Cost: Free

Our Cell at Spalding

Ordinary Meeting of Fellows (Fellows and Guests Only)

Our Cell at Spalding: The Spalding Gentlemen's Society and the Society of Antiquaries, 1710-1755

Lecture by Dr Dustin M. Frazier Wood

Of the 23 names included in William Stukeley's list of the 'Founders of the Antiquarian Society London, July 1717', 9 - including Stukeley himself - were also members of the Spalding Gentlemen's Society, founded by Maurice Johnson II 'The Antiquary' (1688-1755) in Spalding, Lincolnshire in 1710. In addition to Johnson and Stukeley those with dual membership included such notable figures as Browne Willis, George Holmes, John Talman, George Vertue, Roger and Samuel Gale, and Lord Colerane. From 1717 until Johnson's death in 1755 the SGS and the Society of Antiquaries carried on a regular and fruitful correspondence, sharing notes on members' activities and copies of the minutes of their meetings. Despite the personal, social and intellectual bonds that linked the two societies, however, the nature and content of the SGS's antiquarian activity remains relatively unknown and has only begun to be explored by modern scholars. This lecture will examine the scholarly methods and interests that characterised the SGS and that linked the two societies, as well as the personal relationships that ensured their mutual support and flourishing in the first half of the eighteenth century.

The lecture will draw on my recent research on archival material surviving at the SGS and Society of Antiquaries. This material includes correspondence, the Minute Books of both societies, and print and manuscript publications on antiquarian subjects by SGS members. A number of parallels emerge from a study of these materials: the keeping of remarkably similar minutes, common arrangements for meetings, and an ongoing overlap in membership (particularly among members engaged in the study of the British Middle Ages). As the driving force behind the SGS's antiquarian activity and an active member of the Society of Antiquaries, Maurice Johnson must loom large. Despite a relative lack of scholarly attention and Joan Evans' analysis of Johnson as 'a gregarious, chatty, and ambitious man who liked to make himself out more important than he was' (Evans, 1956, 54), more than a hundred surviving manuscript dissertations on antiquarian subjects reveal a serious, scholarly and intellectually gifted figure widely admired by contemporaries and later generations of antiquaries. Throughout the lecture I will highlight Johnson's contribution to both societies and the lasting impact of his work.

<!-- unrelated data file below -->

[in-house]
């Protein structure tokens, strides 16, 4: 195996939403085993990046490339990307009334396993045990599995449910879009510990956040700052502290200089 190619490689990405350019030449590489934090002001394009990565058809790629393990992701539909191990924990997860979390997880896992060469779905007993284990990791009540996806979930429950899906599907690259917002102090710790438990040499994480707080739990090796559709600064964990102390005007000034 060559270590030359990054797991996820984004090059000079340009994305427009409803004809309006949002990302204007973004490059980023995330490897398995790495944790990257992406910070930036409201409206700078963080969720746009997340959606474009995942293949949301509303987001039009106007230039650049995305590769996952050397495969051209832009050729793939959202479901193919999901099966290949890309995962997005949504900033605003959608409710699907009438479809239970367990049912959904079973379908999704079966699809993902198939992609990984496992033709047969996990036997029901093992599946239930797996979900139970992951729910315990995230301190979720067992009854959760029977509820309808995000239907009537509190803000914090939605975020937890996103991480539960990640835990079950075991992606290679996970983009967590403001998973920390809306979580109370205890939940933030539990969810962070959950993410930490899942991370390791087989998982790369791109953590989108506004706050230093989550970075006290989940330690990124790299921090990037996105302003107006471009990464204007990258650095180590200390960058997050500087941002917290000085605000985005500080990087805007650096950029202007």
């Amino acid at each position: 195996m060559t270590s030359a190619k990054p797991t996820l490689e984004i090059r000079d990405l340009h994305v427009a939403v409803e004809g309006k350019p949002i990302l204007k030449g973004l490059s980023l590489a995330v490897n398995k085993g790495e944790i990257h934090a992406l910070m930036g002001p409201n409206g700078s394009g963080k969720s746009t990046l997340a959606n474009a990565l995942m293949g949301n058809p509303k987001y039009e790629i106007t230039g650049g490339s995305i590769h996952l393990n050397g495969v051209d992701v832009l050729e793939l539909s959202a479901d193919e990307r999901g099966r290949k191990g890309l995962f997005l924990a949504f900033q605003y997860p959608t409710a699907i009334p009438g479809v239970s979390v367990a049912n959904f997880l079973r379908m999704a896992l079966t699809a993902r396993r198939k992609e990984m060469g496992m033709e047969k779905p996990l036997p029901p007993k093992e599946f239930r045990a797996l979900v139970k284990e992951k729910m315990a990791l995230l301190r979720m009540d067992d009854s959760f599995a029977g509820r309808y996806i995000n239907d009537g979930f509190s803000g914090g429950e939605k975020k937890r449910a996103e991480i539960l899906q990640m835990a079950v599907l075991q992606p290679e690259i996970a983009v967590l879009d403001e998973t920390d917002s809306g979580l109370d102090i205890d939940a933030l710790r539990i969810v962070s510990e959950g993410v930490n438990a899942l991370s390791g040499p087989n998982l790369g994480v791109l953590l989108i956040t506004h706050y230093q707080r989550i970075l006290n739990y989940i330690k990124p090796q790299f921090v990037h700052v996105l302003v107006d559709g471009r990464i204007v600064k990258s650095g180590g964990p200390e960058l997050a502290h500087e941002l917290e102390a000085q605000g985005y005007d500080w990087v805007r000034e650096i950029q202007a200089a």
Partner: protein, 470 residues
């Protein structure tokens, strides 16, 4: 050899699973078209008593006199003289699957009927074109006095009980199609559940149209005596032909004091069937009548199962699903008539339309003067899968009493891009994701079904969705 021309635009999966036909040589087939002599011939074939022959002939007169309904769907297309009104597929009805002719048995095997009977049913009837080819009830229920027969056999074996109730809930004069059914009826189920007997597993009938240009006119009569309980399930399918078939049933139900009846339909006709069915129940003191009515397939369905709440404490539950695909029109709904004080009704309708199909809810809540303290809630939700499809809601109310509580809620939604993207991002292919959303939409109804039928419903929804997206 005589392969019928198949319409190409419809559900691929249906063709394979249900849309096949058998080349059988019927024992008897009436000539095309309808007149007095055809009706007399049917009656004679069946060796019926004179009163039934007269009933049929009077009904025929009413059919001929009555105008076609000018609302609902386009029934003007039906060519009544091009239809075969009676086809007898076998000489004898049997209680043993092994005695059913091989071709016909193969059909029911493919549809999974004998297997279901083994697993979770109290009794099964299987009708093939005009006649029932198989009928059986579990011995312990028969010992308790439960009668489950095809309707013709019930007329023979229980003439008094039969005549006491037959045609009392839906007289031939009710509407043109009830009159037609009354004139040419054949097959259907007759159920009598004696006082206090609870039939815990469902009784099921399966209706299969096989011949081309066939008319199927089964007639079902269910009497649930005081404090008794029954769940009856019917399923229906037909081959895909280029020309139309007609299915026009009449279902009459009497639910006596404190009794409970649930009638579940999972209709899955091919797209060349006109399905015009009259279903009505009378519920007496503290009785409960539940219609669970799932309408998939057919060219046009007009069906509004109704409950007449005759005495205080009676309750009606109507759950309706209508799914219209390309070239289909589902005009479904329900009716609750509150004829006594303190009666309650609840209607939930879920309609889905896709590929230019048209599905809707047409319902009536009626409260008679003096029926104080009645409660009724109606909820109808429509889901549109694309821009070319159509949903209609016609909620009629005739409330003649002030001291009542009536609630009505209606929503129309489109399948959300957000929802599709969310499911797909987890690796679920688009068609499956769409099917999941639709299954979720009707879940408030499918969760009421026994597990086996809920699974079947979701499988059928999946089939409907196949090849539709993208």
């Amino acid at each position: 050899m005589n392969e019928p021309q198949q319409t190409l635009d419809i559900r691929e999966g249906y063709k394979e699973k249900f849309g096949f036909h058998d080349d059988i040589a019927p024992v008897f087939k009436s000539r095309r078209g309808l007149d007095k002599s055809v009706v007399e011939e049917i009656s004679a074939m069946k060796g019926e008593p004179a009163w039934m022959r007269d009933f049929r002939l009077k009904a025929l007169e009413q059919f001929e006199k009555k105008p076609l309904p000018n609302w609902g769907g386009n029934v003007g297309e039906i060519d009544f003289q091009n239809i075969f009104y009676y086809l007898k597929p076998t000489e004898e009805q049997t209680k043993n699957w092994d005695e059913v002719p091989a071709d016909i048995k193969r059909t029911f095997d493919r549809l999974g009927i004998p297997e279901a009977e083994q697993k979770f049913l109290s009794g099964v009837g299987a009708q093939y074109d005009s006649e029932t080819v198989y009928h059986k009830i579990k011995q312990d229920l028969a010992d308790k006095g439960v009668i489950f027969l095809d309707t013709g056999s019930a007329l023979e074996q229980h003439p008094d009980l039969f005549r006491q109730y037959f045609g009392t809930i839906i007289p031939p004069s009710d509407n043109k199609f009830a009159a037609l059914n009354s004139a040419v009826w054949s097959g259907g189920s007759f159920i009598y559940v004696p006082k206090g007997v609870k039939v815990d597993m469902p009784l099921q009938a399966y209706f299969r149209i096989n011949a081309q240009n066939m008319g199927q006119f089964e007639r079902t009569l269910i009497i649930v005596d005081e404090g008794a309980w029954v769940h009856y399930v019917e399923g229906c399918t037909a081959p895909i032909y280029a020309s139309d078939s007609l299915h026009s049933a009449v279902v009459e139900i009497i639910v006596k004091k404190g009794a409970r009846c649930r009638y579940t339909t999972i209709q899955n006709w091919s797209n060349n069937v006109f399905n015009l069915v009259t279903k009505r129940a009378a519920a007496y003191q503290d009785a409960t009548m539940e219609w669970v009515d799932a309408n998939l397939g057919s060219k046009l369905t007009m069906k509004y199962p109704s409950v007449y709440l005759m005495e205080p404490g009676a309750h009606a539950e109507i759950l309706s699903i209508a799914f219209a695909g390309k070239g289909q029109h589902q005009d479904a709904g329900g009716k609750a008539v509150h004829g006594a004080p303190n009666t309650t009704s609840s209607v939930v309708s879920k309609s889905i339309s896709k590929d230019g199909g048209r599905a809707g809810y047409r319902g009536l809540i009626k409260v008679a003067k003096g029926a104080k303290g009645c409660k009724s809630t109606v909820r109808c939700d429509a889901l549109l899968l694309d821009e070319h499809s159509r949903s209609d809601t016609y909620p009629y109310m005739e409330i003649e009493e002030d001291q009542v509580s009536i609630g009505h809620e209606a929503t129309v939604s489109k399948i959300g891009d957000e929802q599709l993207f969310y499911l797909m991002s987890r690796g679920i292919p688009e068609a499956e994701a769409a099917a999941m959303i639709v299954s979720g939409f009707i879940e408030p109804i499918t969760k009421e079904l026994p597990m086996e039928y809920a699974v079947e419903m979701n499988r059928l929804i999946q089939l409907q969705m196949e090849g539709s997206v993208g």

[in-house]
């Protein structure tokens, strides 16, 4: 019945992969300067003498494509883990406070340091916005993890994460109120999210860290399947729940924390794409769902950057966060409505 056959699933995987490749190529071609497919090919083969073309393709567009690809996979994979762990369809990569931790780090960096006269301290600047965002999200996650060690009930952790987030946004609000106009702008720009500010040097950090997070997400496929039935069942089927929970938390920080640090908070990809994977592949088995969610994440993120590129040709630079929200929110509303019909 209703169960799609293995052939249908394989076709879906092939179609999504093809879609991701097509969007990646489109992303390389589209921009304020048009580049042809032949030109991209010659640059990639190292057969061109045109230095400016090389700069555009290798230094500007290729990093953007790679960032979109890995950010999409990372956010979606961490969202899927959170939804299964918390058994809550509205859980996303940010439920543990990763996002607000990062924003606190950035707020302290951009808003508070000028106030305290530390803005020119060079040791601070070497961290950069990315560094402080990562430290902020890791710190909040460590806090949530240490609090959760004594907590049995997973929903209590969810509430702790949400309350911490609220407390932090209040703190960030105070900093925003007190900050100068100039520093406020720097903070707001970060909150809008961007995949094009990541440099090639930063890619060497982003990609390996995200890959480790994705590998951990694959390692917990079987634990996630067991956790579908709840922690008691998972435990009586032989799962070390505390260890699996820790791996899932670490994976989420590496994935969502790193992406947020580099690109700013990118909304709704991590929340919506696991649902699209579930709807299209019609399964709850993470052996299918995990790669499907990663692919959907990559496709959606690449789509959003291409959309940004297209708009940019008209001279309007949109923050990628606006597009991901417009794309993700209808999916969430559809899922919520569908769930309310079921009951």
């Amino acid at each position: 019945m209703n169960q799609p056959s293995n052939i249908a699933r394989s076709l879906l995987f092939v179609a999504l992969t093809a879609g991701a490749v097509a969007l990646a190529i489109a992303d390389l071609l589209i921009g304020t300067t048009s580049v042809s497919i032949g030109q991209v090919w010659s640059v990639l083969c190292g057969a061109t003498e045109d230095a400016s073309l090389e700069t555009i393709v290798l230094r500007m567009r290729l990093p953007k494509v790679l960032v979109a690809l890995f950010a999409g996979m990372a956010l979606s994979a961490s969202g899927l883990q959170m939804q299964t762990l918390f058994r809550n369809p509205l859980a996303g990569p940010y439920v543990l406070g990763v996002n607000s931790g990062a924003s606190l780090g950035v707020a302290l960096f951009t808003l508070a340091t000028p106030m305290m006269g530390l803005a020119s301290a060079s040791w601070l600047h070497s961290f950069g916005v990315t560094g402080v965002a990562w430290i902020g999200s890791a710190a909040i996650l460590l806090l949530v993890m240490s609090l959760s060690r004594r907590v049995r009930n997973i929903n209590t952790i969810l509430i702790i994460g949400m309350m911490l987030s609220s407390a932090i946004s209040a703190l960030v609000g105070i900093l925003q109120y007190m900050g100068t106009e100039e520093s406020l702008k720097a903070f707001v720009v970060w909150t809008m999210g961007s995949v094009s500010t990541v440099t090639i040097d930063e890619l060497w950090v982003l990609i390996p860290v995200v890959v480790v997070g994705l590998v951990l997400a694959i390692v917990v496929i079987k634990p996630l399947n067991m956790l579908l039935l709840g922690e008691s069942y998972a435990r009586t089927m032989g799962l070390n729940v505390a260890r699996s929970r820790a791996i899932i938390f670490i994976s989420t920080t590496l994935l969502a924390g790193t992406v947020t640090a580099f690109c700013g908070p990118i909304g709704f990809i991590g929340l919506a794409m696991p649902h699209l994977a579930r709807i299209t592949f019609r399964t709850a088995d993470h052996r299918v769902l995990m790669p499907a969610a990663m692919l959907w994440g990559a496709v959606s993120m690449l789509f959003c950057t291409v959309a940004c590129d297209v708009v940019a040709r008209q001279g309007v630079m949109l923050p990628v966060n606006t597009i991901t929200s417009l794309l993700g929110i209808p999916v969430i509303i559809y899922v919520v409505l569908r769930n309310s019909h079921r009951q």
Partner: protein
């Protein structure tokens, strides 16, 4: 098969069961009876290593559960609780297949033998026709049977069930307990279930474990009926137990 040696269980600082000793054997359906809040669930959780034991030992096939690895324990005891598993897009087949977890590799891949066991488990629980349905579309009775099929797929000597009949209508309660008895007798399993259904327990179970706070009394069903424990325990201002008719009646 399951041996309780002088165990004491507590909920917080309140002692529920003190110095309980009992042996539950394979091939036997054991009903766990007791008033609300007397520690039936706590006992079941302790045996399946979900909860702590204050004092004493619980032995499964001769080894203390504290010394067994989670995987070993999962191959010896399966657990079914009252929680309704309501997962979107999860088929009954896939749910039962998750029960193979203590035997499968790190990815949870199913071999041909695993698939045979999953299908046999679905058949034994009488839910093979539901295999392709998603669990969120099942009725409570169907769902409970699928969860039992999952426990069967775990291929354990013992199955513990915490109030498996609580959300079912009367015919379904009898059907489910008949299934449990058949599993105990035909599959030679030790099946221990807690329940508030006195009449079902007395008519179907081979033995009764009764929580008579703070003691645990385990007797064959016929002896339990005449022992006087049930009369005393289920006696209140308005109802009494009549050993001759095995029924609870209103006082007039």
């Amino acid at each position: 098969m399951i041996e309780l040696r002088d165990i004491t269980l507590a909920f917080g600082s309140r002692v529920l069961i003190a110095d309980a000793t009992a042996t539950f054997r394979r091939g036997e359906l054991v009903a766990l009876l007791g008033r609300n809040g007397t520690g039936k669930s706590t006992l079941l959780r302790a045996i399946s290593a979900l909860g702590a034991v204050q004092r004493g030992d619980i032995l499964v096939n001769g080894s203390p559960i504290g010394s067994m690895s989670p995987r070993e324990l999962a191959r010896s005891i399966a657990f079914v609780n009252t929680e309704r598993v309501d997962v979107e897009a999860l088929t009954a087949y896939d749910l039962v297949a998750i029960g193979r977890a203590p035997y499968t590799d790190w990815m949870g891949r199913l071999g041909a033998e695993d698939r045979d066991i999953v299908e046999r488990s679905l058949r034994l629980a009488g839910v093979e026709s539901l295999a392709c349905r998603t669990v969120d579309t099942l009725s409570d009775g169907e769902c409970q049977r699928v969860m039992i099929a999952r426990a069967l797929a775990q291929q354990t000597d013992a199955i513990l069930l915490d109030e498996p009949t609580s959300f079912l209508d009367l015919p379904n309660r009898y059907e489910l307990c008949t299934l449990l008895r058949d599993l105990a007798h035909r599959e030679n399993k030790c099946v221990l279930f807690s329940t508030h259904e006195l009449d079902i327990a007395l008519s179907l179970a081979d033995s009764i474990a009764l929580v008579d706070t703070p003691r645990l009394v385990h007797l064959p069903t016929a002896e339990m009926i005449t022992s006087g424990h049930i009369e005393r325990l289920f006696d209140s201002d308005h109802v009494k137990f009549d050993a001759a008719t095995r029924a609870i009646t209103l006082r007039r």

The lecture will be illustrated with members' portraits, manuscripts, illustrations from the SGS and Society of Antiquaries minute books, and images of artefacts discussed at meetings of one or both societies.

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